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I’m Taylor, the CTO here at YNAB. One of my jobs is to make sure that YNAB is always available for our customers. On April 28th, 2017, and then again on May 1st, our web app went down.
First, I, and the rest of the team are genuinely sorry that YNAB went down, and that you couldn’t budget during that time (and the first of the month, no less! The worst!). We know that you rely on us and that having access to your budget at all times is critically important. We have identified and solved the root issue, and have taken steps to ensure it cannot happen again.
At its core, the outage was caused by a database that could not keep up with the load. We always see more load on our servers near the beginning and end of the month, but a combination of factors caused this to be more than the database could handle beginning on Friday, April 28th. Simply upgrading the database wasn’t possible (we were already running on the largest database our provider offers), so we took steps to reduce the load. Although it helped, we needed to pull the entire app down multiple times over several days (meaning you couldn’t budget!) and by Monday, May 1st, it was obvious that the reduced load wasn’t enough.
On Monday afternoon our database provider discovered the root problem was a database setting that was set too low for the way our database operates, and this hadn’t been picked up in their monitoring. They increased that setting, which not only solved the problem but made our database much faster and more stable than it’s ever been.
Immediately after fixing this issue, we began the process of moving to an even faster database. In addition, we are architecting changes that will allow us to split YNAB up across multiple database servers which will allow us to scale more easily as YNAB grows. We are also looking at ways to make our applications less dependent upon our servers in general so that downtime or degraded performance is a non-issue, but that’s for another post.
And for the more technical types (or those with a lot of extra time on their hands)…
On the morning of April 28th, the database began to exhibit strange behavior. It worked harder and harder but fell further and further behind. As too many requests piled into the system, it became a self-perpetuating problem. Many requests couldn’t be serviced within 30 seconds, and many new requests were stuck in line behind these slow requests. In short, the database had hit some sort of performance wall.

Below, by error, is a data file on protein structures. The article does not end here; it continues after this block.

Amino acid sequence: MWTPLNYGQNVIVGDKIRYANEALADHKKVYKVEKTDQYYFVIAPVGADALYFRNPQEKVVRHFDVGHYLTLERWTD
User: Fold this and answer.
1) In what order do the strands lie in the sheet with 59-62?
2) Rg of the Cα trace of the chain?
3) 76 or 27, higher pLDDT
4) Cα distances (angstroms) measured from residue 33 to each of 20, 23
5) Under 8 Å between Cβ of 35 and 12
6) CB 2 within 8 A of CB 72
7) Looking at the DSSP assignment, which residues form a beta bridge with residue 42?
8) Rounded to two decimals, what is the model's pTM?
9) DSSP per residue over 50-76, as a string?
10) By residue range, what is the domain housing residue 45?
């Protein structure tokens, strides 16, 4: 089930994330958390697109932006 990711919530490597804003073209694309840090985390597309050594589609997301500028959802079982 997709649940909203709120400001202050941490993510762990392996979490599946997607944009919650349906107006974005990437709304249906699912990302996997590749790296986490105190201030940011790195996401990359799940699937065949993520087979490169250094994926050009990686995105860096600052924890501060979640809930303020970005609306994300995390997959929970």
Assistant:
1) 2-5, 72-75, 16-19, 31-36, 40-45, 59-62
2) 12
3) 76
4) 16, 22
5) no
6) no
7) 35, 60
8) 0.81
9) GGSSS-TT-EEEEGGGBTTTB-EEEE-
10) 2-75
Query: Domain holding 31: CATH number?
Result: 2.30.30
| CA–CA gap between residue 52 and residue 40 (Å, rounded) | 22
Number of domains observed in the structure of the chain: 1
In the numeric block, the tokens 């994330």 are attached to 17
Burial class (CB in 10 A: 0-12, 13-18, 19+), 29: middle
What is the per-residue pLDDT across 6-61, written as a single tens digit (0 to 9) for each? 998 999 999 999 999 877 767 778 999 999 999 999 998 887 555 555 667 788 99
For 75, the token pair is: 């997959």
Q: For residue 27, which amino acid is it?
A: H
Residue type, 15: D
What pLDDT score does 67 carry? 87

At 12:06 pm EDT, it became obvious that the database could not keep up, so we made the hard decision to take the application offline to give it a chance to catch up. When we do this, the application goes into “maintenance mode”. From then on, anyone who tries to use YNAB sees a message saying that we’re working on YNAB. However, one minute later, at 12:07 pm EDT, the database crashed.
Normally our maintenance is brief and planned. However, in this case, our “maintenance” message made it look like we were purposefully taking the application down on the last Friday of the month. It caused understandable confusion: “Why are they working on things on a Friday afternoon??”. I’m sorry about that! We later changed the message to say that we were having trouble.
Fortunately, database crashes are a rare thing. But since they’re not unheard of, we always run two exact copies of the database in parallel. So, our provider immediately switched to this failover database without issue. By 12:15 pm EDT, the new database was up and running right where the other one left off, and we brought the application back online.
Unfortunately, when a new database starts up, it has what’s known as a “cold cache”. A large database can take minutes to hours to get “warmed up” and until then it will go slower than normal. We expected this to get better over time as the cache warmed up, and we tweaked some other settings to help. Over the next couple of hours, performance improved, but not nearly quickly enough. Then, at 3:42 pm EDT, we were notified we needed to go offline again to give the new database time to recover. (For you techies, our Write Ahead Log (WAL) was consistently growing faster than it could be shipped to S3 storage. In addition, the database wasn’t able to hit checkpoints quickly enough. )